The Ethiopia Land Administration to Nurture Development (LAND) project is a 5-year project (2013-2018) working at the national and regional levels of government to further improve the legal and regulatory framework related to land tenure and property rights, thereby supporting the Government of Ethiopia’s and USAID’s goals of increasing economic growth, improving rural resiliency, and improving resource governance. The project works with pastoral communities in the Afar and Oromia regions of Ethiopia to support the formal recognition of customary land rights and strengthen the capacity of formal and customary pastoral land administration and land use institutions to engage in effective land and resource governance.
THE EVALUATION DESIGN
USAID is supporting a rigorous impact evaluation (IE) of the LAND project intervention in Afar to measure the key development impacts of project activities on communities and households related to enhancements in community resource governance, tenure security, climate resilience, and livelihoods. The IE will utilize a Difference-in-Difference methodology to measure impact, using baseline and endline evaluation data to compare changes over time between communities in Afar receiving the LAND intervention and communities in Afar that are not receiving the LAND intervention. Comprehensive quantitative and qualitative baseline data was collected prior to the start of LAND activities from March to June 2016. The IE data collection instruments were designed to collect information on the conditions of grazing areas and water points, tenure security and access to grazing areas and water points, and natural resource governance. A Baseline Report, Design Report and other materials have been drafted and are available on this page.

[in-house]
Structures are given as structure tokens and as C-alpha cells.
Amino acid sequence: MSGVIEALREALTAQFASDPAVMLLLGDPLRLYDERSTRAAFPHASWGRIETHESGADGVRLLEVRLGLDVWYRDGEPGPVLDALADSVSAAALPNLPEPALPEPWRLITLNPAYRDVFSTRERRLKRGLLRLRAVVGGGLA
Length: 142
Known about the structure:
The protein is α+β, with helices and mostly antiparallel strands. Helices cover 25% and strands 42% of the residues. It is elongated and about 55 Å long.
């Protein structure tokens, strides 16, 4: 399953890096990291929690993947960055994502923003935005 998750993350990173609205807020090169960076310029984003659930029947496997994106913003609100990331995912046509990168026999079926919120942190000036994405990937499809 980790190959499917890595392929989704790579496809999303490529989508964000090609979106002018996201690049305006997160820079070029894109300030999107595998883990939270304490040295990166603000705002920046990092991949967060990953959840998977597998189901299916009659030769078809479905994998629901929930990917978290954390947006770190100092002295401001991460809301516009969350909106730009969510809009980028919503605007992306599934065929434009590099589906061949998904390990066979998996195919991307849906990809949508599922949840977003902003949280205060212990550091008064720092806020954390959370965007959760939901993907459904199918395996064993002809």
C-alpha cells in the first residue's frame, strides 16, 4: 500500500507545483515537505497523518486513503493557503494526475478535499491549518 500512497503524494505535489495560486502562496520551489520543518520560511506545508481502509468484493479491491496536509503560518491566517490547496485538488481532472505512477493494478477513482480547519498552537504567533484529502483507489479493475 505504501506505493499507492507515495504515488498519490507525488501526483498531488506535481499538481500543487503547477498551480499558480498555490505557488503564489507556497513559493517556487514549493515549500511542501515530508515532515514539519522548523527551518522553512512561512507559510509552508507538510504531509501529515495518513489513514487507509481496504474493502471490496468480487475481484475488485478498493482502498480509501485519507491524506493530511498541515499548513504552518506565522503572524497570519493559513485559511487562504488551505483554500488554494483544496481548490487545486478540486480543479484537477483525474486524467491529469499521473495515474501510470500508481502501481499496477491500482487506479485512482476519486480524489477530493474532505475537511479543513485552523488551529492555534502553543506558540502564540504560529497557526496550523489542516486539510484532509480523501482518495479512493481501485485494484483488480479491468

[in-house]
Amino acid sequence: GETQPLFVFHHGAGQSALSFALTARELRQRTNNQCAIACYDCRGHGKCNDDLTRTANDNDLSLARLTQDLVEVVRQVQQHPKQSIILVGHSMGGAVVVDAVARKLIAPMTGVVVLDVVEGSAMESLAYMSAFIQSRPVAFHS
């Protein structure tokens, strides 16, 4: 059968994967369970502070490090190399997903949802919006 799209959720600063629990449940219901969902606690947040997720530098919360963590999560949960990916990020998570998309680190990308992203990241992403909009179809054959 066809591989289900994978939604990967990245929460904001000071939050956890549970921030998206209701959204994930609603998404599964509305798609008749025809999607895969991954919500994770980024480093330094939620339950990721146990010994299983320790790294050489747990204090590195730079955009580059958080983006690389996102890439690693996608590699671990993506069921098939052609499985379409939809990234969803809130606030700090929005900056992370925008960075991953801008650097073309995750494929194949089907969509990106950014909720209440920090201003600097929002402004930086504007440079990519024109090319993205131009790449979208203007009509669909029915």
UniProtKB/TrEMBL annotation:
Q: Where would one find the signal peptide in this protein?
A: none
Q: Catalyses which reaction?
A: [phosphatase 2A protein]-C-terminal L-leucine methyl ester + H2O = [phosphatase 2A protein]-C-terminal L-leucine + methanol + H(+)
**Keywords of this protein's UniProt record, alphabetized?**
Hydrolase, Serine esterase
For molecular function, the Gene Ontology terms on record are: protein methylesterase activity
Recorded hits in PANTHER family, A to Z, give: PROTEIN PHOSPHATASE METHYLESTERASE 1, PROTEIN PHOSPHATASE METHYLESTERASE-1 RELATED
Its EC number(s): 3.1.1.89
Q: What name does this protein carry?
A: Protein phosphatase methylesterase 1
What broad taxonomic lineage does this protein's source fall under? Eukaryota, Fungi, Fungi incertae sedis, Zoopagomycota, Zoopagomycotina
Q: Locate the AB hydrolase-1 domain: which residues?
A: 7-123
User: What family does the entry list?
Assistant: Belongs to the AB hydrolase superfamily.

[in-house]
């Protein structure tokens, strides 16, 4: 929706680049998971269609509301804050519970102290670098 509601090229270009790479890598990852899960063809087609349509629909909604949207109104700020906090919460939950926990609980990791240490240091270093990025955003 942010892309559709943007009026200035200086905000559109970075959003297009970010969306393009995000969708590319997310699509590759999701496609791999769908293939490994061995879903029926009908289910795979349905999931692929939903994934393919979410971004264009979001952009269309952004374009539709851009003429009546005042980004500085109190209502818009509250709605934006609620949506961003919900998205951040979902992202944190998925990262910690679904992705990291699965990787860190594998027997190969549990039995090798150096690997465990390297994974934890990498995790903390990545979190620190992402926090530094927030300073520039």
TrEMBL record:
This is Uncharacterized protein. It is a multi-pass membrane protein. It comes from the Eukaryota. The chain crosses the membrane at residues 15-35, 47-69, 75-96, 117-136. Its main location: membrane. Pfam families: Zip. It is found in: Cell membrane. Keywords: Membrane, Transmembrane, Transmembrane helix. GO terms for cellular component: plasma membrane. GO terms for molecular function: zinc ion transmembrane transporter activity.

DOWNLOAD THE BASELINE DATA
Baseline Data Collection: April 2016
The following baseline data sets and related documents are available for download:
Related survey instruments (surveys, discussion protocols, and interviews) and other evaluation documents can be downloaded below.
BY THE NUMBERS
This evaluation will assess impacts at the household and community levels using five primary sources of data:
- 3000 Household Surveys;
- 1545 Wives Surveys, administered to wives in a subset of male-headed households;
- 263 Village Leader Surveys;
- 32 Focus Group Discussions, with women, youth, and agro-pastoralists;
- 128 Key Informant Interviews, with customary leaders and local government officials; and
- 50 Participatory Mapping Exercises, with herders and scouts.
KEY BASELINE FINDINGS
Baseline findings on the conditions of grazing areas and water points show that the conditions of both wet and dry season grazing areas in the study area are deteriorating due to consisted drought and the encroachment of invasive bush species. Baseline findings on governance in the study area indicate that customary leaders are primarily responsible for allocating land, setting and enforcing rules about land management, resolving conflicts, and decision-making regarding customary land use and management. Nonetheless, local expressions regarding governance reveal a perceived shift in the power and role of customary leaders over land use and rangeland management to formal government officials. In terms of tenure security, baseline findings on the threat of encroachment and risk of land reallocation of grazing areas indicate that respondents generally feel their land use and access rights are secure.
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